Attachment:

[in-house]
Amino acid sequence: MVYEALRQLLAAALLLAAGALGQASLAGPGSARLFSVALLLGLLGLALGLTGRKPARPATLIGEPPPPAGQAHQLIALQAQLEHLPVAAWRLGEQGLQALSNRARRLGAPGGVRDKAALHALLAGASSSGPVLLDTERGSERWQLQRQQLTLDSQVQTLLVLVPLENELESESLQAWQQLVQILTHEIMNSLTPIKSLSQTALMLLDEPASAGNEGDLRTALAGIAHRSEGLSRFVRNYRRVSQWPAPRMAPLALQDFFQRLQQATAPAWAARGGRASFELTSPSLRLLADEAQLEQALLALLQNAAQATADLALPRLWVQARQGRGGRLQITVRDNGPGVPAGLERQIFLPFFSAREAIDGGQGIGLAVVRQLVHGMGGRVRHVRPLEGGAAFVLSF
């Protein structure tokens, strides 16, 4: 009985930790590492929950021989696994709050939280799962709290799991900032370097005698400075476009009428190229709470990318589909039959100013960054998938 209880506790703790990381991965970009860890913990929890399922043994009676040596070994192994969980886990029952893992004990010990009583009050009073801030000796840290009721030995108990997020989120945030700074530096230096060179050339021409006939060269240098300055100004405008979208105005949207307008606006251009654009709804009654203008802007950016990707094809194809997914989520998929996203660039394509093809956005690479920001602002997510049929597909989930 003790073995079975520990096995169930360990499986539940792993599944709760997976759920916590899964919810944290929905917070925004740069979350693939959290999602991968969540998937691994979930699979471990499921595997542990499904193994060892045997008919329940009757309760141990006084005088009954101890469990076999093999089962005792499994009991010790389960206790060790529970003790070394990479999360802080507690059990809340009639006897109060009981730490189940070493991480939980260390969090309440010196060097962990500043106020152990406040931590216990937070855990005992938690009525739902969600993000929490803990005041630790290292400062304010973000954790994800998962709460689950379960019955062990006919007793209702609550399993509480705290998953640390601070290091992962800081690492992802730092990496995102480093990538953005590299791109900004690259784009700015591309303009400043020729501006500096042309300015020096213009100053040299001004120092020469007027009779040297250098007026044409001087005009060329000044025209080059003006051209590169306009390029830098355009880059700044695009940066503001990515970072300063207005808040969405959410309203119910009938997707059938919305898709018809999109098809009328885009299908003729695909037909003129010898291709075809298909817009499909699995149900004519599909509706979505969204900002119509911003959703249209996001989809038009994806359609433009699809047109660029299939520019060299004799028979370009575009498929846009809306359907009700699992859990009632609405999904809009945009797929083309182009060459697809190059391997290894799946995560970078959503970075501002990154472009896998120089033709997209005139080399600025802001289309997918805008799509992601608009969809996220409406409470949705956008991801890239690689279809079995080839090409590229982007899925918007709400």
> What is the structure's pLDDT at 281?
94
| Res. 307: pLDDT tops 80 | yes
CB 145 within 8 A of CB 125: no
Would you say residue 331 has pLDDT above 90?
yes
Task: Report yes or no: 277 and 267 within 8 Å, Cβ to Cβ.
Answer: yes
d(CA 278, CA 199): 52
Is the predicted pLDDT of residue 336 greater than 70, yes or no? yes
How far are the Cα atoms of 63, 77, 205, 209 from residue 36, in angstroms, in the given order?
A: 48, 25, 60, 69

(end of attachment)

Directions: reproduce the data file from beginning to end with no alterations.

[in-house]
Amino acid sequence: MVYEALRQLLAAALLLAAGALGQASLAGPGSARLFSVALLLGLLGLALGLTGRKPARPATLIGEPPPPAGQAHQLIALQAQLEHLPVAAWRLGEQGLQALSNRARRLGAPGGVRDKAALHALLAGASSSGPVLLDTERGSERWQLQRQQLTLDSQVQTLLVLVPLENELESESLQAWQQLVQILTHEIMNSLTPIKSLSQTALMLLDEPASAGNEGDLRTALAGIAHRSEGLSRFVRNYRRVSQWPAPRMAPLALQDFFQRLQQATAPAWAARGGRASFELTSPSLRLLADEAQLEQALLALLQNAAQATADLALPRLWVQARQGRGGRLQITVRDNGPGVPAGLERQIFLPFFSAREAIDGGQGIGLAVVRQLVHGMGGRVRHVRPLEGGAAFVLSF
């Protein structure tokens, strides 16, 4: 009985930790590492929950021989696994709050939280799962709290799991900032370097005698400075476009009428190229709470990318589909039959100013960054998938 209880506790703790990381991965970009860890913990929890399922043994009676040596070994192994969980886990029952893992004990010990009583009050009073801030000796840290009721030995108990997020989120945030700074530096230096060179050339021409006939060269240098300055100004405008979208105005949207307008606006251009654009709804009654203008802007950016990707094809194809997914989520998929996203660039394509093809956005690479920001602002997510049929597909989930 003790073995079975520990096995169930360990499986539940792993599944709760997976759920916590899964919810944290929905917070925004740069979350693939959290999602991968969540998937691994979930699979471990499921595997542990499904193994060892045997008919329940009757309760141990006084005088009954101890469990076999093999089962005792499994009991010790389960206790060790529970003790070394990479999360802080507690059990809340009639006897109060009981730490189940070493991480939980260390969090309440010196060097962990500043106020152990406040931590216990937070855990005992938690009525739902969600993000929490803990005041630790290292400062304010973000954790994800998962709460689950379960019955062990006919007793209702609550399993509480705290998953640390601070290091992962800081690492992802730092990496995102480093990538953005590299791109900004690259784009700015591309303009400043020729501006500096042309300015020096213009100053040299001004120092020469007027009779040297250098007026044409001087005009060329000044025209080059003006051209590169306009390029830098355009880059700044695009940066503001990515970072300063207005808040969405959410309203119910009938997707059938919305898709018809999109098809009328885009299908003729695909037909003129010898291709075809298909817009499909699995149900004519599909509706979505969204900002119509911003959703249209996001989809038009994806359609433009699809047109660029299939520019060299004799028979370009575009498929846009809306359907009700699992859990009632609405999904809009945009797929083309182009060459697809190059391997290894799946995560970078959503970075501002990154472009896998120089033709997209005139080399600025802001289309997918805008799509992601608009969809996220409406409470949705956008991801890239690689279809079995080839090409590229982007899925918007709400």
> What is the structure's pLDDT at 281?
94
| Res. 307: pLDDT tops 80 | yes
CB 145 within 8 A of CB 125: no
Would you say residue 331 has pLDDT above 90?
yes
Task: Report yes or no: 277 and 267 within 8 Å, Cβ to Cβ.
Answer: yes
d(CA 278, CA 199): 52
Is the predicted pLDDT of residue 336 greater than 70, yes or no? yes
How far are the Cα atoms of 63, 77, 205, 209 from residue 36, in angstroms, in the given order?
A: 48, 25, 60, 69